Petit Palais is housing an impressive array of artwork spanning several centuries.
It is located in the 8th arrondissement of Paris, just opposite the Grand Palais. It attracts every year more than 1 million visitors.
In this article, we will guide you through the useful informations to know about le Petit Palais : Exhibitions, Events, Tickets and History.
What can I do at Petit Palais?
The Petit Palais is famed as "The Mini Louvre",but without crowds.
The museum is a perfect place to spend an afternoon at the end of your walk at the Champs Elysées Avenue. The building itself has an magnificent atmosphere both from interior and exterior decorated in eclectic style.
A large collection of paintings, sculptures and other objects mainly from the 19th and 20th centuries takes place in Petit Palais.
At the entrance there is a wide sculpture hall adorned with the works of 18th century artists. The portrait galleries contains a mix of Medieval and Renaissance era works.
All areas are perfectly structured so that the visitors can take full advantage of the art experience.
You can easily spend hours by enjoying carefully selected works of art of many world famous artists like Monét, Sisley and Rembrant.
Le Jardin du Petit Palais
As you pass to the inner courtyard, you'll find a wonderful cafe where you can hide from the jam of the city in a relaxing garden.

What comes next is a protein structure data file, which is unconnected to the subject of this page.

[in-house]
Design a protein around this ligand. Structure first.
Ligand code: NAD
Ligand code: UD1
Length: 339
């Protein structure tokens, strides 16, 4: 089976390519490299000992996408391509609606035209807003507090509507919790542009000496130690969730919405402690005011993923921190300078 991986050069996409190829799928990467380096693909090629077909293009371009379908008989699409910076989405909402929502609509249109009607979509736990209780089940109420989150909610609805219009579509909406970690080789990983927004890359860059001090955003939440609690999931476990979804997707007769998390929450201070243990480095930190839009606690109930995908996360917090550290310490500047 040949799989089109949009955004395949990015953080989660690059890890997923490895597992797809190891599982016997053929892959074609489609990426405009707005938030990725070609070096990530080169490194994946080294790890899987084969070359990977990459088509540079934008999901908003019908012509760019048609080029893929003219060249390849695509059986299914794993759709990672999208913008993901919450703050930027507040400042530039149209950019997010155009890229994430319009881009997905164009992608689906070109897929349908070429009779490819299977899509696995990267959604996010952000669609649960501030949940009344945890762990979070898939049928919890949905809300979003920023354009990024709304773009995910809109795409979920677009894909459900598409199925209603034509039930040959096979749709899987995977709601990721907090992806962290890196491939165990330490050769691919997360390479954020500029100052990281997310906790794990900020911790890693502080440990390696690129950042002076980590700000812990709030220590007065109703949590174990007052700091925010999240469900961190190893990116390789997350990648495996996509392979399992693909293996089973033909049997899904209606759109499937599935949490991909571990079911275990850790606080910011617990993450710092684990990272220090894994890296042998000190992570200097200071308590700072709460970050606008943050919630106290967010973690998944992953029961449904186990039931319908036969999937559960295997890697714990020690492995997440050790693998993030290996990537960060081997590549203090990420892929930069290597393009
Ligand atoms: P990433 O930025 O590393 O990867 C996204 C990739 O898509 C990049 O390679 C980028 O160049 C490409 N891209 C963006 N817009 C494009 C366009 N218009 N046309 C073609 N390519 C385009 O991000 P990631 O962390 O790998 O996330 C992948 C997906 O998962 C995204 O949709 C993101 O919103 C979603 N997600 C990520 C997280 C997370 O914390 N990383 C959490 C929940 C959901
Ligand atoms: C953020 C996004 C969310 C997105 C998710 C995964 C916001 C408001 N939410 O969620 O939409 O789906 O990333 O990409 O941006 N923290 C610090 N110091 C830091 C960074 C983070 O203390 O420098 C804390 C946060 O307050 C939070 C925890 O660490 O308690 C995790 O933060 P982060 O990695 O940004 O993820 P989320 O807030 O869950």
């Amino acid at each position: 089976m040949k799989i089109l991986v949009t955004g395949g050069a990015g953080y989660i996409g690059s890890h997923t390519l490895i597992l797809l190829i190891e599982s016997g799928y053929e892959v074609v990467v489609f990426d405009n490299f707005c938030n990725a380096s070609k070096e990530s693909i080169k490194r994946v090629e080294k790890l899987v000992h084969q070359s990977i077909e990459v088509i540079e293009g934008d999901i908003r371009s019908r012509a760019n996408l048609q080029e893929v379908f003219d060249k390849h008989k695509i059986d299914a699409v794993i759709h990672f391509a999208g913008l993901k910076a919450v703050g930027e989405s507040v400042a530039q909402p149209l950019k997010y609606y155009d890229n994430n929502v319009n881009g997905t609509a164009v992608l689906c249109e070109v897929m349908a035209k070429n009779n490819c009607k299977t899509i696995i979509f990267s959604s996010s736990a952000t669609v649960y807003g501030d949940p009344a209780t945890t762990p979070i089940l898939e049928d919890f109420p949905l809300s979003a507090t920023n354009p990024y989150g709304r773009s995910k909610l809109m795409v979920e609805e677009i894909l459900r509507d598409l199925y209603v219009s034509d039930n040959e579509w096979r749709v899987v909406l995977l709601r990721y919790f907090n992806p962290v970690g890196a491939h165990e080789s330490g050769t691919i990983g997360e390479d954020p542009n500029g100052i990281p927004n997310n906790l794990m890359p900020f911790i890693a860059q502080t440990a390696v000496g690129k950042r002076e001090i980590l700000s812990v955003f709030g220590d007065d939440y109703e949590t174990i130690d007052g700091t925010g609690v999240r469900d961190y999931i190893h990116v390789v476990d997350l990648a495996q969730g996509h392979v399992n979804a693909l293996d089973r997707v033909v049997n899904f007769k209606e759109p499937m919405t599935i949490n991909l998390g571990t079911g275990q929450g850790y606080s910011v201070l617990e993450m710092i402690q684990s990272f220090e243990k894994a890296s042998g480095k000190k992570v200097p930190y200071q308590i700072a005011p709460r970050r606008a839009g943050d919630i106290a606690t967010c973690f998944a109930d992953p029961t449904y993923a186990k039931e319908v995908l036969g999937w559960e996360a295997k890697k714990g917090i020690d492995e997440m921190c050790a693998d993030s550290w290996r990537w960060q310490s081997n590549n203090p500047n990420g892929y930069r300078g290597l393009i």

Entrance, Tickets and Tours
It is free to see the permanent collection of Petit Palais. There are also periodical exhibitions that can be followed from the Official Website of Petit Palais.
Petit Palais is closed on Mondays. It can be visited from Tuesday to Sunday from 10:00 a.m. to 6:00 p.m.
How to get to the Petit Palais
The Petit Palais is an art museum located in the 8th arrondissement of Paris on present-day Winston-Churchill street.
- Metro: "Champs-Élysées–Clemenceau" is the closest station to get Petit Palais on Line 1 and Line 13. Also, "Franklin D. Roosevelt" station on the Metro Line 1 and Line 9 is nearby.
- Bus: 28 42, 52, 63, 72, 73, 80, 83 and 93
History of the Petit Palais
The Petit Palais was built, just like the Grand Palais and Pont Alexander III, for the Universal Exposision of 1900.
It was built to serve as a permanent gallery of painting and sculpture and host a series of French exhibitions.
Charles- Louis Girault was the chief architect of Petit Palais. It is still used as Museum of Fine Arts.
The Petit Palais was served as a modal of many public buildings such as Royal Museum for Central Africa near Brussels and The Museo de Bellas Artes in Santiago.